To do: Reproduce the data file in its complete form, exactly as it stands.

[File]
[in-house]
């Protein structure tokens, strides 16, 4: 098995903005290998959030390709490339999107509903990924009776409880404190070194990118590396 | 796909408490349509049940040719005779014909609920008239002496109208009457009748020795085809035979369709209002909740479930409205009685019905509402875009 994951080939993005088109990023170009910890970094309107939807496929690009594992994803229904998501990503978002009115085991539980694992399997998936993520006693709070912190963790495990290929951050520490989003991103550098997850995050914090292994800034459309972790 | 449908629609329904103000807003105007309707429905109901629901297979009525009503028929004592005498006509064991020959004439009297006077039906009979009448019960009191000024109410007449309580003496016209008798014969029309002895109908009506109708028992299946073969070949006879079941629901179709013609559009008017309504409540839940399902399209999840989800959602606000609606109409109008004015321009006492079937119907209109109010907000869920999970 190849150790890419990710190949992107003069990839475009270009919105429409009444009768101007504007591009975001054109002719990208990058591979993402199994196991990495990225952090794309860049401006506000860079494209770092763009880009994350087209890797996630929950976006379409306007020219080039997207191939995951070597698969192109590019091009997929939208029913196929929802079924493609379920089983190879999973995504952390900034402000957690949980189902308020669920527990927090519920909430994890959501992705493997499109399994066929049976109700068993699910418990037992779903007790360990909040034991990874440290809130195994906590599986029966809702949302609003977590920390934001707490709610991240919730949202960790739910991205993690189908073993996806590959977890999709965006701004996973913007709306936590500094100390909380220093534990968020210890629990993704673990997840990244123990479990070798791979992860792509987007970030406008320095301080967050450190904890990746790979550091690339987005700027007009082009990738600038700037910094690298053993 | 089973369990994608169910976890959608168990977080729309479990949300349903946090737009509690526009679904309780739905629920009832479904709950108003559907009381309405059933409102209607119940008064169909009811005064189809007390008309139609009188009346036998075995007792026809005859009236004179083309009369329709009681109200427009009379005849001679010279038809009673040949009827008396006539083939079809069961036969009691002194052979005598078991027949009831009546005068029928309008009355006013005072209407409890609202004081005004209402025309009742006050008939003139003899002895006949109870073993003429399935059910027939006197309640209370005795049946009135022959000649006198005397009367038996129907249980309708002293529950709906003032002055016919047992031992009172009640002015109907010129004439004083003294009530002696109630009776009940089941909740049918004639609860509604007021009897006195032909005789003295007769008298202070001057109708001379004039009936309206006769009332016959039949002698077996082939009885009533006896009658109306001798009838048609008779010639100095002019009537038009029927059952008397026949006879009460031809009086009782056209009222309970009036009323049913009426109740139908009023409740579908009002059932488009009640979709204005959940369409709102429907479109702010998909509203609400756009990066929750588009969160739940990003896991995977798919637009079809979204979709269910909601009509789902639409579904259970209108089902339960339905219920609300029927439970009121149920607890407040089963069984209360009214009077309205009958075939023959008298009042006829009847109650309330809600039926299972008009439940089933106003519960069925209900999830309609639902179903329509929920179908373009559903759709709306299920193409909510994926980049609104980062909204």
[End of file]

[in-house]
């Protein structure tokens, strides 16, 4: 098995903005290998959030390709490339999107509903990924009776409880404190070194990118590396 | 796909408490349509049940040719005779014909609920008239002496109208009457009748020795085809035979369709209002909740479930409205009685019905509402875009 994951080939993005088109990023170009910890970094309107939807496929690009594992994803229904998501990503978002009115085991539980694992399997998936993520006693709070912190963790495990290929951050520490989003991103550098997850995050914090292994800034459309972790 | 449908629609329904103000807003105007309707429905109901629901297979009525009503028929004592005498006509064991020959004439009297006077039906009979009448019960009191000024109410007449309580003496016209008798014969029309002895109908009506109708028992299946073969070949006879079941629901179709013609559009008017309504409540839940399902399209999840989800959602606000609606109409109008004015321009006492079937119907209109109010907000869920999970 190849150790890419990710190949992107003069990839475009270009919105429409009444009768101007504007591009975001054109002719990208990058591979993402199994196991990495990225952090794309860049401006506000860079494209770092763009880009994350087209890797996630929950976006379409306007020219080039997207191939995951070597698969192109590019091009997929939208029913196929929802079924493609379920089983190879999973995504952390900034402000957690949980189902308020669920527990927090519920909430994890959501992705493997499109399994066929049976109700068993699910418990037992779903007790360990909040034991990874440290809130195994906590599986029966809702949302609003977590920390934001707490709610991240919730949202960790739910991205993690189908073993996806590959977890999709965006701004996973913007709306936590500094100390909380220093534990968020210890629990993704673990997840990244123990479990070798791979992860792509987007970030406008320095301080967050450190904890990746790979550091690339987005700027007009082009990738600038700037910094690298053993 | 089973369990994608169910976890959608168990977080729309479990949300349903946090737009509690526009679904309780739905629920009832479904709950108003559907009381309405059933409102209607119940008064169909009811005064189809007390008309139609009188009346036998075995007792026809005859009236004179083309009369329709009681109200427009009379005849001679010279038809009673040949009827008396006539083939079809069961036969009691002194052979005598078991027949009831009546005068029928309008009355006013005072209407409890609202004081005004209402025309009742006050008939003139003899002895006949109870073993003429399935059910027939006197309640209370005795049946009135022959000649006198005397009367038996129907249980309708002293529950709906003032002055016919047992031992009172009640002015109907010129004439004083003294009530002696109630009776009940089941909740049918004639609860509604007021009897006195032909005789003295007769008298202070001057109708001379004039009936309206006769009332016959039949002698077996082939009885009533006896009658109306001798009838048609008779010639100095002019009537038009029927059952008397026949006879009460031809009086009782056209009222309970009036009323049913009426109740139908009023409740579908009002059932488009009640979709204005959940369409709102429907479109702010998909509203609400756009990066929750588009969160739940990003896991995977798919637009079809979204979709269910909601009509789902639409579904259970209108089902339960339905219920609300029927439970009121149920607890407040089963069984209360009214009077309205009958075939023959008298009042006829009847109650309330809600039926299972008009439940089933106003519960069925209900999830309609639902179903329509929920179908373009559903759709709306299920193409909510994926980049609104980062909204």